My purpose in writing Killing Custer was not to settle historical controversies.  My ambitions were modest.  I wanted to write an entertaining mystery about the way the past - in this case, Custer's actions on the plains - influences the present.  What interested me were the opinion about Custer that I had heard over the years from Arapaho friends on the Wind River Reservation.  Only a few Arapahos fought at the Little Bighorn, but Custer's actions had impacted all of the Plains Indians.  Like the other tribes, Arapahos have never forgotten him.  

Eight years before the battle, the Seventh Cavalry had atacked a village of Cheyennes on the Washita River in present-day Oklahoma.  The village was under Chief Black Kettle, a noted peace chief.  Not far away was a camp of hostile Cheyennes with armed warriors.  Had Custer attacked that camp, he would have gotten the fight of his life and might not have survived to go on to the Little Bighorn.  Instead he waded into a peaceful village.  Afterward, he gathered up the surviving women and allowed his men to take their choice.  He chose the most beautiful woman, Monahsetah, for himself.  When she became pregnant, he sent her back to the Cheyennes.  Did he give her a horse?  Send her out onto the plains by herself?  Hope she would stumble upon a village?  Not care whether she did?  No one knows.  But the Indians say that she bore a son, called Yellow Hair, and that today, Custer's descendants are among the Cheyennes.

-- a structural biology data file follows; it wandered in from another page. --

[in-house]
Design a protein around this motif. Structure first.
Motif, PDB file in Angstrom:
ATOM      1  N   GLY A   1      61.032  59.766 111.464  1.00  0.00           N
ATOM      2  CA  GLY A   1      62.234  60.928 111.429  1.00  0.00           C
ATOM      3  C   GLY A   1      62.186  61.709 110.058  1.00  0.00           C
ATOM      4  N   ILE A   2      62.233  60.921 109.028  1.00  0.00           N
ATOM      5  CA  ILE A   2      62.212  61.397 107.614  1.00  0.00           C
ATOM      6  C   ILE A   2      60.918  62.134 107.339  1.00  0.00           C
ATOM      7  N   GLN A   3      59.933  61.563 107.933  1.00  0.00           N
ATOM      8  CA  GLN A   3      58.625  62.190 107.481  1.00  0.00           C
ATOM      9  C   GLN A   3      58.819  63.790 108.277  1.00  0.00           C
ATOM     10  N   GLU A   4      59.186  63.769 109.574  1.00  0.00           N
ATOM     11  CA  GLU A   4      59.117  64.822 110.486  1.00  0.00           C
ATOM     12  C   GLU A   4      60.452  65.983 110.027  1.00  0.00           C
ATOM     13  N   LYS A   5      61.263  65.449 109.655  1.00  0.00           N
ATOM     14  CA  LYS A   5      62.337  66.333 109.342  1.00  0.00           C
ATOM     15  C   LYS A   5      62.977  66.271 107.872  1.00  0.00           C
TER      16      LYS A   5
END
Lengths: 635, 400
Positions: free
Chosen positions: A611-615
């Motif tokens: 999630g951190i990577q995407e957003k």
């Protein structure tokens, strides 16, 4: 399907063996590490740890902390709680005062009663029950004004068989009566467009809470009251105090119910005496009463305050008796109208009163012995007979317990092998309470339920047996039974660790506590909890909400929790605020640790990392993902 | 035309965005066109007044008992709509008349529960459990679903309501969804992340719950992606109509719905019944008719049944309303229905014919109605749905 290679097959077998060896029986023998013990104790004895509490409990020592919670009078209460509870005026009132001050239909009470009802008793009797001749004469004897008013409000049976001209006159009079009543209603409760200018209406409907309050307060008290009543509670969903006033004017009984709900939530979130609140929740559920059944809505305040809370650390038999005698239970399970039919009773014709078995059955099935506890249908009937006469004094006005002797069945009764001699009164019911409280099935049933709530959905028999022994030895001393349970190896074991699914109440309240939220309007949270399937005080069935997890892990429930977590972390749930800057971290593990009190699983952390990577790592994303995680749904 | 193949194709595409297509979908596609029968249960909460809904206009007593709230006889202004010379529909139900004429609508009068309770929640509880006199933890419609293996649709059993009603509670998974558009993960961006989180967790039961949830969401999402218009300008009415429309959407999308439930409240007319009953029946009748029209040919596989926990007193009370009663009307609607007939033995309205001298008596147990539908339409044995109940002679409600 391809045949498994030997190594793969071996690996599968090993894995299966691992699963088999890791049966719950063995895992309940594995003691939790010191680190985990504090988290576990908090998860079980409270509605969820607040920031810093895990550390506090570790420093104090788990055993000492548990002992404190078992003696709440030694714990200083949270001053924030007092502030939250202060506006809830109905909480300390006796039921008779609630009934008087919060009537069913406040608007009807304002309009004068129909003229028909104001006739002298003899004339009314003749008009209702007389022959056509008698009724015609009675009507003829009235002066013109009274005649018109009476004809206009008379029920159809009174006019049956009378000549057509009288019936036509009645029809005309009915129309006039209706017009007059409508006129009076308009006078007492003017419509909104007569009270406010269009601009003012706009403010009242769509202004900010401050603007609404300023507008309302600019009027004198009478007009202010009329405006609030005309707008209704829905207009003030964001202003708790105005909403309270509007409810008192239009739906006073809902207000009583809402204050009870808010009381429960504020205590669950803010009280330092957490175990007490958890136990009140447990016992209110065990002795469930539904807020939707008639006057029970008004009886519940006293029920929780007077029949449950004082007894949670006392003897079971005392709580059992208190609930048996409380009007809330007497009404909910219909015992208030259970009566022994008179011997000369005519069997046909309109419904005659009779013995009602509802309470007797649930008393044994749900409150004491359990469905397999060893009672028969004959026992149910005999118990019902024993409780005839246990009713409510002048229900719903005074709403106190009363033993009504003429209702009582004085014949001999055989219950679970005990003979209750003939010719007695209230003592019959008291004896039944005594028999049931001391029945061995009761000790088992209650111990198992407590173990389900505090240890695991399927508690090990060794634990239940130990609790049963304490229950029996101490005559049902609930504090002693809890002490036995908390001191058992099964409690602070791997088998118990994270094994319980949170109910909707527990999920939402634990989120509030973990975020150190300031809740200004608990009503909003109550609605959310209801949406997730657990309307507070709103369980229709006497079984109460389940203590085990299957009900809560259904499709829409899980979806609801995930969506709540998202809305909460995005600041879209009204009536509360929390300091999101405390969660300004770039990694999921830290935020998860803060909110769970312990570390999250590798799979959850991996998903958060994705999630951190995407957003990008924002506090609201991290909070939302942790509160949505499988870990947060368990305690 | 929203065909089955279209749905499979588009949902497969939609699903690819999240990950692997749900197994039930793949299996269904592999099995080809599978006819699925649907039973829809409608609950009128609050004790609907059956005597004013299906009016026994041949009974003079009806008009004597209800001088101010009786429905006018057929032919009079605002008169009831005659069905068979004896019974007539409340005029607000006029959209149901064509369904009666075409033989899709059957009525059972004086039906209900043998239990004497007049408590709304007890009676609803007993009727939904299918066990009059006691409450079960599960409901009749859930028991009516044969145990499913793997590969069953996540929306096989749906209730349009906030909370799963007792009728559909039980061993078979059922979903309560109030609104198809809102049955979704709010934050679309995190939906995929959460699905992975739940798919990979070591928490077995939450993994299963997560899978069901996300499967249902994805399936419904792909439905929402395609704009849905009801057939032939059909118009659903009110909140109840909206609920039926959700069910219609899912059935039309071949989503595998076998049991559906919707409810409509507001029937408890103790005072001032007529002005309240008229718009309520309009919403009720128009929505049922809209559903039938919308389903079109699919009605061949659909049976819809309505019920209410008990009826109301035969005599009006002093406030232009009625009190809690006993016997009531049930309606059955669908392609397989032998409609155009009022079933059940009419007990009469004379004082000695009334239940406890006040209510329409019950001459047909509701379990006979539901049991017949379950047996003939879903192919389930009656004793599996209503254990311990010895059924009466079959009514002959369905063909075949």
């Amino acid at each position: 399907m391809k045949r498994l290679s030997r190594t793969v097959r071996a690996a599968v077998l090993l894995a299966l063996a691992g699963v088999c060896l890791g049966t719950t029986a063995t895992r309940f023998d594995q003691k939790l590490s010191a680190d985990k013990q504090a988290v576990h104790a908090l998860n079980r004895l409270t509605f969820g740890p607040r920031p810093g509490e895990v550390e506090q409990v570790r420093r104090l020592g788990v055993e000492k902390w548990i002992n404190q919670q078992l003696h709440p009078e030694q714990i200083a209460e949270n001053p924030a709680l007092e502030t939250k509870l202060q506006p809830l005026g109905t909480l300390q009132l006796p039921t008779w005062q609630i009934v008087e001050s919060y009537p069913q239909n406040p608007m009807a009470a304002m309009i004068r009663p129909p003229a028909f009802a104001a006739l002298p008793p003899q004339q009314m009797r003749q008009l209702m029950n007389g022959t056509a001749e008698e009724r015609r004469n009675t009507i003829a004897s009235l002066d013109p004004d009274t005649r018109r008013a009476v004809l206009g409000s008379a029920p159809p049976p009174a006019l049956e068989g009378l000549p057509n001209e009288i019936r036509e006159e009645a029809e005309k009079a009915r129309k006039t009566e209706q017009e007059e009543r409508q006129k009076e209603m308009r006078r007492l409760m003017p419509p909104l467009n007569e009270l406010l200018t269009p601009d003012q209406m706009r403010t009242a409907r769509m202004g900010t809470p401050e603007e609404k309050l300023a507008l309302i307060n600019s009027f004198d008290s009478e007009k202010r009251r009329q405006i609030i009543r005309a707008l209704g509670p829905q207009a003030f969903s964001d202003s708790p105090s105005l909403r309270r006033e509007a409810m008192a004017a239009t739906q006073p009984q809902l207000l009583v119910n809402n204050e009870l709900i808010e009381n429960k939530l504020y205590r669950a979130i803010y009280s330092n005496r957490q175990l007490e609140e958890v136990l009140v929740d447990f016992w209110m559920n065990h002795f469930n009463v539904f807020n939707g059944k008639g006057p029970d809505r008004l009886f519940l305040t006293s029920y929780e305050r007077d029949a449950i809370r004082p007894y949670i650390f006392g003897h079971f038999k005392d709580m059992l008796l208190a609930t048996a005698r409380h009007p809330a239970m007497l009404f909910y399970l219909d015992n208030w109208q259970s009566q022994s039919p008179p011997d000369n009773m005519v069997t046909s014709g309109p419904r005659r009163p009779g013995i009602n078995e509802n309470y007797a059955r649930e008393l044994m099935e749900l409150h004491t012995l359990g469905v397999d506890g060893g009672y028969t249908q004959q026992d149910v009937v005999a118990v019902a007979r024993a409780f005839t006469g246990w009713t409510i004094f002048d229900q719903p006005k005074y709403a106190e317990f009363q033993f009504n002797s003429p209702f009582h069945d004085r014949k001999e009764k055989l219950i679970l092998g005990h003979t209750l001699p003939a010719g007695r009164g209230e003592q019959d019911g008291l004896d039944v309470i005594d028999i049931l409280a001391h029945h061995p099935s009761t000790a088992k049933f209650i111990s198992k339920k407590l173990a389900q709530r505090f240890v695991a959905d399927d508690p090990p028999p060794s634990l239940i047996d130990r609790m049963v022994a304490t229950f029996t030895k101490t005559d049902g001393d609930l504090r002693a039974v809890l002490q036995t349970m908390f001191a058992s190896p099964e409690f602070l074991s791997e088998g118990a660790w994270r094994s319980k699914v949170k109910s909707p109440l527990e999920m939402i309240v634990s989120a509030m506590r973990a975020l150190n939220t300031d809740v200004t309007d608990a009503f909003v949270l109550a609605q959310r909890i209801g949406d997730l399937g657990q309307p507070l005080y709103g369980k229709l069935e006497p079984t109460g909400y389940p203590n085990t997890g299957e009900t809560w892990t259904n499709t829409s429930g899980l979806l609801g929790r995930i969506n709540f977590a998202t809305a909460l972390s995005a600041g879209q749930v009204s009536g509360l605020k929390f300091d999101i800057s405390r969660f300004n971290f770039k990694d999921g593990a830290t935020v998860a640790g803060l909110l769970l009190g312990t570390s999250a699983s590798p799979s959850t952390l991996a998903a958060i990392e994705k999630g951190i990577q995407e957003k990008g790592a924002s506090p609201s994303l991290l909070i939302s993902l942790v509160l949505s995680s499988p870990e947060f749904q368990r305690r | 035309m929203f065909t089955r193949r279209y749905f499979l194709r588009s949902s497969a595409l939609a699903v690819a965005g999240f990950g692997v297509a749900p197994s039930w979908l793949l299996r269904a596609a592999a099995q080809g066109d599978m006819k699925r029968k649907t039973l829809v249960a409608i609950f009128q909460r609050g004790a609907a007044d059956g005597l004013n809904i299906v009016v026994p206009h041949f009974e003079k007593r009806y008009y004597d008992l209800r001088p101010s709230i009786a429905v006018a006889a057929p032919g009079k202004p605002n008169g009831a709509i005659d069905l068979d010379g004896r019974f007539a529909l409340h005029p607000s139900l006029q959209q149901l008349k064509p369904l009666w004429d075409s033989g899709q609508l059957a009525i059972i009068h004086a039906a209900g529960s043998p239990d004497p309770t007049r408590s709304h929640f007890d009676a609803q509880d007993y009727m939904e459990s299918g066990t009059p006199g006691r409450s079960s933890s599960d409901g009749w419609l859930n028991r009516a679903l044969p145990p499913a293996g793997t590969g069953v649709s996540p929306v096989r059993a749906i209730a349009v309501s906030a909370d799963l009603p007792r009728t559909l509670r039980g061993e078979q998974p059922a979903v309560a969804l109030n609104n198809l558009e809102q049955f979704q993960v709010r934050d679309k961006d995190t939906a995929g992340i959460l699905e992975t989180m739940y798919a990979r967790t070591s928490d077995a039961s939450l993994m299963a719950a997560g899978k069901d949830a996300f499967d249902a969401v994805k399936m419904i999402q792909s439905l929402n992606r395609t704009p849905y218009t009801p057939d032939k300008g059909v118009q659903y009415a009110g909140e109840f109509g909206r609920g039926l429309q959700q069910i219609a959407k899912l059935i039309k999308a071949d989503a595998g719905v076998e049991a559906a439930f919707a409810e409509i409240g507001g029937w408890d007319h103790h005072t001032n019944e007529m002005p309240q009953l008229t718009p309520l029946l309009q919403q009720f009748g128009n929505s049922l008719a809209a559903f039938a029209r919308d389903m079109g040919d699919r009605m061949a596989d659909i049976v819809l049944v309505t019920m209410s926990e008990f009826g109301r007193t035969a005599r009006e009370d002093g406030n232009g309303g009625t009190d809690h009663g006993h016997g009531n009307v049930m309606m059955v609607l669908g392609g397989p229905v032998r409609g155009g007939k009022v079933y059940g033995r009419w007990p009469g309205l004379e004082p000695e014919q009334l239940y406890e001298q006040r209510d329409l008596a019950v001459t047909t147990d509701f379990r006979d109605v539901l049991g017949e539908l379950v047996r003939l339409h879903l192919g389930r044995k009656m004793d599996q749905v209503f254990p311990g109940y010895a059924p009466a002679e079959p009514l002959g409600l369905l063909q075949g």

After Washita, the opinion of the Plains Indians hardened against Custer as he continued to lead expeditions and attack villages.  The story I heard is that the Cheyennes "put their pipes out on Custer's heels."  History books contain different accounts of this story, but my Arapaho friends say it meant that, from Washita on, the Cheyennes followed Custer across the plains.  Waiting.  Waiting.  The waiting ended on a wind-swept hill above the Little Bighorn river.  Custer was under orders to meet up with other troops before launching an attack against the Indians, orders he chose to ignore.  The camp in the river valley was, said one scout, "the biggest bunch of Indians he had ever seen," certain to have a couple of thousand warriors.  After dividing his command, Custer had only 210 men under his immediate command.  He attacked.